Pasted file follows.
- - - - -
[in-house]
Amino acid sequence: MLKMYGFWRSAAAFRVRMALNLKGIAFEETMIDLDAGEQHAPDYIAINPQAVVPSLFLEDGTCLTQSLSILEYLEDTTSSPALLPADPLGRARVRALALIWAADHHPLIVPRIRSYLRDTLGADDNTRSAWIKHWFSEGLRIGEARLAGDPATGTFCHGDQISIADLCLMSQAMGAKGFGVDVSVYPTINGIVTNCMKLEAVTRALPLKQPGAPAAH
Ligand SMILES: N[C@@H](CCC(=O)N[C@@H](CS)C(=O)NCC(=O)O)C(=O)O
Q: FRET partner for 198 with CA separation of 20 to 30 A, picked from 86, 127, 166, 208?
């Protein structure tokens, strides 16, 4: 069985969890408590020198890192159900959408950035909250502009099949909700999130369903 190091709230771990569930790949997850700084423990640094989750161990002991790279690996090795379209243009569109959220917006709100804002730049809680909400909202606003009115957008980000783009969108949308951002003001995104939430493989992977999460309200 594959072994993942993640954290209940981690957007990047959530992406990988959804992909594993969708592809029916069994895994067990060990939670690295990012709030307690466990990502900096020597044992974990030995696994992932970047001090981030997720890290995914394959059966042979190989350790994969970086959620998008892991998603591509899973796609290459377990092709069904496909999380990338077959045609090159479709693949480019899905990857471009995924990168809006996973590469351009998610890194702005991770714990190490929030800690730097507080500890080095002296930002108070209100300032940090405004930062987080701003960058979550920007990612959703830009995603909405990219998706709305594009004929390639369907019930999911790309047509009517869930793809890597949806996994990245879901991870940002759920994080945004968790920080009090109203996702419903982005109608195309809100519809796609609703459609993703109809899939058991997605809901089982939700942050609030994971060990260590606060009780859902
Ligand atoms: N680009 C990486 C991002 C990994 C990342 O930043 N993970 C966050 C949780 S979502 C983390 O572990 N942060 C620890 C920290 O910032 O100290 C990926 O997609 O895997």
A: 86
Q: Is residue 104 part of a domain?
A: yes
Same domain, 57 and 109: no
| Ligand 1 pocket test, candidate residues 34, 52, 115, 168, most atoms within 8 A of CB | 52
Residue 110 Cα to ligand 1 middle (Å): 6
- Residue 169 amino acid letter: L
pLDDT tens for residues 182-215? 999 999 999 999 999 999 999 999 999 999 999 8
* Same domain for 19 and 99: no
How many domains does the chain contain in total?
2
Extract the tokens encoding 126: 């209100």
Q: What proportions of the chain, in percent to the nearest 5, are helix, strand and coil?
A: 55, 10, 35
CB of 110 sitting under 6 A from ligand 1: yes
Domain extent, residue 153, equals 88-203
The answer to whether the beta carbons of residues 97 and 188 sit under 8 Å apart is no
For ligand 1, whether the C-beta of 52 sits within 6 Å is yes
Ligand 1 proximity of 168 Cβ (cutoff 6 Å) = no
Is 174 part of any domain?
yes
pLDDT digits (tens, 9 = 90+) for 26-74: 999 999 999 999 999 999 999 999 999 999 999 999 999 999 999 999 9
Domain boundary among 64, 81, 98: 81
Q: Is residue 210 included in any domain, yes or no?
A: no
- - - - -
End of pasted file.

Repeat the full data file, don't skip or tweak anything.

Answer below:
[in-house]
Amino acid sequence: MLKMYGFWRSAAAFRVRMALNLKGIAFEETMIDLDAGEQHAPDYIAINPQAVVPSLFLEDGTCLTQSLSILEYLEDTTSSPALLPADPLGRARVRALALIWAADHHPLIVPRIRSYLRDTLGADDNTRSAWIKHWFSEGLRIGEARLAGDPATGTFCHGDQISIADLCLMSQAMGAKGFGVDVSVYPTINGIVTNCMKLEAVTRALPLKQPGAPAAH
Ligand SMILES: N[C@@H](CCC(=O)N[C@@H](CS)C(=O)NCC(=O)O)C(=O)O
Q: FRET partner for 198 with CA separation of 20 to 30 A, picked from 86, 127, 166, 208?
């Protein structure tokens, strides 16, 4: 069985969890408590020198890192159900959408950035909250502009099949909700999130369903 190091709230771990569930790949997850700084423990640094989750161990002991790279690996090795379209243009569109959220917006709100804002730049809680909400909202606003009115957008980000783009969108949308951002003001995104939430493989992977999460309200 594959072994993942993640954290209940981690957007990047959530992406990988959804992909594993969708592809029916069994895994067990060990939670690295990012709030307690466990990502900096020597044992974990030995696994992932970047001090981030997720890290995914394959059966042979190989350790994969970086959620998008892991998603591509899973796609290459377990092709069904496909999380990338077959045609090159479709693949480019899905990857471009995924990168809006996973590469351009998610890194702005991770714990190490929030800690730097507080500890080095002296930002108070209100300032940090405004930062987080701003960058979550920007990612959703830009995603909405990219998706709305594009004929390639369907019930999911790309047509009517869930793809890597949806996994990245879901991870940002759920994080945004968790920080009090109203996702419903982005109608195309809100519809796609609703459609993703109809899939058991997605809901089982939700942050609030994971060990260590606060009780859902
Ligand atoms: N680009 C990486 C991002 C990994 C990342 O930043 N993970 C966050 C949780 S979502 C983390 O572990 N942060 C620890 C920290 O910032 O100290 C990926 O997609 O895997």
A: 86
Q: Is residue 104 part of a domain?
A: yes
Same domain, 57 and 109: no
| Ligand 1 pocket test, candidate residues 34, 52, 115, 168, most atoms within 8 A of CB | 52
Residue 110 Cα to ligand 1 middle (Å): 6
- Residue 169 amino acid letter: L
pLDDT tens for residues 182-215? 999 999 999 999 999 999 999 999 999 999 999 8
* Same domain for 19 and 99: no
How many domains does the chain contain in total?
2
Extract the tokens encoding 126: 């209100």
Q: What proportions of the chain, in percent to the nearest 5, are helix, strand and coil?
A: 55, 10, 35
CB of 110 sitting under 6 A from ligand 1: yes
Domain extent, residue 153, equals 88-203
The answer to whether the beta carbons of residues 97 and 188 sit under 8 Å apart is no
For ligand 1, whether the C-beta of 52 sits within 6 Å is yes
Ligand 1 proximity of 168 Cβ (cutoff 6 Å) = no
Is 174 part of any domain?
yes
pLDDT digits (tens, 9 = 90+) for 26-74: 999 999 999 999 999 999 999 999 999 999 999 999 999 999 999 999 9
Domain boundary among 64, 81, 98: 81
Q: Is residue 210 included in any domain, yes or no?
A: no